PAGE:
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Fashion Africa - a chat with with blogger Jacqueline Shaw


Africa Fashion Guide is the brainchild of Jacqueline Shaw, eco-entrepreneur, professional fashion designer, visionary with a big heart for Africa, its Fashion and International Development; she speaks to us about her coffee table book “Fashion Africa” and more….

Diana Opoti : You have built Africa Fashion Guide as a successful online source for information on African fashion, why this continent?

Jacqueline Shaw : I wanted to create a platform that looked to African fashion and the continent’s textile industry to the greater global textile industry. Africa Fashion Guide became a one-stop shop for fashion professionals, students, retailers, magazines, bloggers and consumers. This would be a great way to promote this industry and bring links between African designers, craftspeople, manufacturers and textile designers with UK and EU fashion design companies and consumer markets, as well as with retailers worldwide.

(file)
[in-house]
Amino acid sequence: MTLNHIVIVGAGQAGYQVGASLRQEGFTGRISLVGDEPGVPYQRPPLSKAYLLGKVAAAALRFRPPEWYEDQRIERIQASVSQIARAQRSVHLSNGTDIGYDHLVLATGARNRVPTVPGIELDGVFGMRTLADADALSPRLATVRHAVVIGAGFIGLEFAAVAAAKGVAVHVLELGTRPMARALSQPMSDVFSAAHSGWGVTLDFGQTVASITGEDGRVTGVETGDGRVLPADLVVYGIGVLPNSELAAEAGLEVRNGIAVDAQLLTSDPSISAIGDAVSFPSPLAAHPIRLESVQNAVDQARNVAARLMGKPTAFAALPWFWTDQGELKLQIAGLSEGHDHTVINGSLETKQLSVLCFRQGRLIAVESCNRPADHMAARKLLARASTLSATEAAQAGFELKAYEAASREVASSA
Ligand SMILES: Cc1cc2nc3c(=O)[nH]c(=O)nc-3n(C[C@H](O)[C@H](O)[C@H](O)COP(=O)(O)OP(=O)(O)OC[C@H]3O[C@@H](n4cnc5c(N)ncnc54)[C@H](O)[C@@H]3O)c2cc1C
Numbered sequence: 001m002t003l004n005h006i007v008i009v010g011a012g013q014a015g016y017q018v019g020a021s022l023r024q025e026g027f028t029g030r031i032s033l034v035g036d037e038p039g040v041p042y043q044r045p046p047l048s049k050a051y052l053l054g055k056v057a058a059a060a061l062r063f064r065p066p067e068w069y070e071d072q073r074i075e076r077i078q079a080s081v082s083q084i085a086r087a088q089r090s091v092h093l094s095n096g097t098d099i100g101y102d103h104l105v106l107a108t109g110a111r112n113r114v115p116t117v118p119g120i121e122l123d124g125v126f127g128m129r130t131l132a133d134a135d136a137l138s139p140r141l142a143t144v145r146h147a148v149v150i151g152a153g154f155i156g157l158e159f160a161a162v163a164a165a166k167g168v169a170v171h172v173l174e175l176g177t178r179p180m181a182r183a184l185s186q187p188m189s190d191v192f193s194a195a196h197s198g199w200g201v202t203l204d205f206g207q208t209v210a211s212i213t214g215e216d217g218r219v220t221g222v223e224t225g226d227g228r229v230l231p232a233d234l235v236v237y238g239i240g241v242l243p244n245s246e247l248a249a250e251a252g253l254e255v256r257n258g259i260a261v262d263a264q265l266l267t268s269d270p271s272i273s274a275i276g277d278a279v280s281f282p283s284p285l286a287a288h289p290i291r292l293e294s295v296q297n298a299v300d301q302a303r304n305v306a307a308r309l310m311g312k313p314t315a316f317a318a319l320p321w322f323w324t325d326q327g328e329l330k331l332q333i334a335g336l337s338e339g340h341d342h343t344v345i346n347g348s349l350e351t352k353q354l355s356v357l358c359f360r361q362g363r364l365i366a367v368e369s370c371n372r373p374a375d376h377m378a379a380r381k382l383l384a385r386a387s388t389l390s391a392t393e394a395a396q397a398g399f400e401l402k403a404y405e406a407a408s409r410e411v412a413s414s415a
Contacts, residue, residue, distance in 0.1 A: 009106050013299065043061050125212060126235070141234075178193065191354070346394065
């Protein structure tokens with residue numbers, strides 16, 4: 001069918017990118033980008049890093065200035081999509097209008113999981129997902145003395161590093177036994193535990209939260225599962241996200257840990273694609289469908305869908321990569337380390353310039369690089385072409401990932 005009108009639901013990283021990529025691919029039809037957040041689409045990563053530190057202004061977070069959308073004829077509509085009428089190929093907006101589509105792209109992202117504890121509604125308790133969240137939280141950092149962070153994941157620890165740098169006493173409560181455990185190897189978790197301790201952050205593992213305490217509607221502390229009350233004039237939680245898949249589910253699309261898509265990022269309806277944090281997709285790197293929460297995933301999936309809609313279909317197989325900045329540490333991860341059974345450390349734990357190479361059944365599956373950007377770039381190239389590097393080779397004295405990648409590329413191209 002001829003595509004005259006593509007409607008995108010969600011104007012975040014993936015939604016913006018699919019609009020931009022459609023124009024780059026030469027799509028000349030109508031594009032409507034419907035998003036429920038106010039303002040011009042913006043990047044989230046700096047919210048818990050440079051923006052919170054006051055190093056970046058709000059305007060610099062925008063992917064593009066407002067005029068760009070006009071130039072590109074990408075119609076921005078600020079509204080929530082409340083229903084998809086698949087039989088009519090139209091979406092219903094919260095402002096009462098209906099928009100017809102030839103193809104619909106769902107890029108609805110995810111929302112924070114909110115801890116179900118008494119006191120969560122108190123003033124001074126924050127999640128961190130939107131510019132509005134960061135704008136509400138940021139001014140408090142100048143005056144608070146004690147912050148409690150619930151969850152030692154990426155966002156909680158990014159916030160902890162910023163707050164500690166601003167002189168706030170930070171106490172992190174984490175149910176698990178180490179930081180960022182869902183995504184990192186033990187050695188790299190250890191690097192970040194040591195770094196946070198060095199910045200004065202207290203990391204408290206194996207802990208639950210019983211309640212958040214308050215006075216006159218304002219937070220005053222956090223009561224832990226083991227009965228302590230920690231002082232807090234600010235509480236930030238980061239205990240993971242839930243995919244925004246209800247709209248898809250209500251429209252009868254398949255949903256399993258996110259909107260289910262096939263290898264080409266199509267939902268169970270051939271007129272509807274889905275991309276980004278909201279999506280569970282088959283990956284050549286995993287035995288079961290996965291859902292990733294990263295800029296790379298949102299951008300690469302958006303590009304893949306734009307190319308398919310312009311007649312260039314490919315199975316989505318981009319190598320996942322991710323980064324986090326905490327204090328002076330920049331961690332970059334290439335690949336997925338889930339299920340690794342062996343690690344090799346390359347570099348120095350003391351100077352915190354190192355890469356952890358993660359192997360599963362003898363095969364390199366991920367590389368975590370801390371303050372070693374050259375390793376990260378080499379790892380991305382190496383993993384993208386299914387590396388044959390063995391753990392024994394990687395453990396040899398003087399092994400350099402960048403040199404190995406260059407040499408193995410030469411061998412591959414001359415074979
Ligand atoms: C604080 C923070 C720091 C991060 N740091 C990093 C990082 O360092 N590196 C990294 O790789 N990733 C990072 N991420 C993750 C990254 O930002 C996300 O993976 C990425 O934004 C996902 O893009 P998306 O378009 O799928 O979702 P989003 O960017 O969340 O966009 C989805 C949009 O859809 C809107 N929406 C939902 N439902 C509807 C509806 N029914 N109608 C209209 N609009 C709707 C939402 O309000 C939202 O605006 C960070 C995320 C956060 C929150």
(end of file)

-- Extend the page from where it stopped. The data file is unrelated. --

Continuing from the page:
Diana: You recently published, Fashion Africa, a coffee table book on designers, what makes this book stand out?

Jacqueline: Fashion Africa is a visual overview of contemporary African fashion with an ethical perspective.

Diana: What inspired you to document your conversations?

Jacqueline I felt there wasn’t anything at the time on bookshelves, which showcased contemporary African Fashion. All existing material highlighted the traditional view of Africa and its textile industry. What what I wanted to show was the fun buzzing, contemporary, fresh and exciting African fashion industry that was emerging and blossoming.

Diana: Let’s talk about that, the growth of African Fashion? We keep hearing about the potential of Africa, what does it really mean?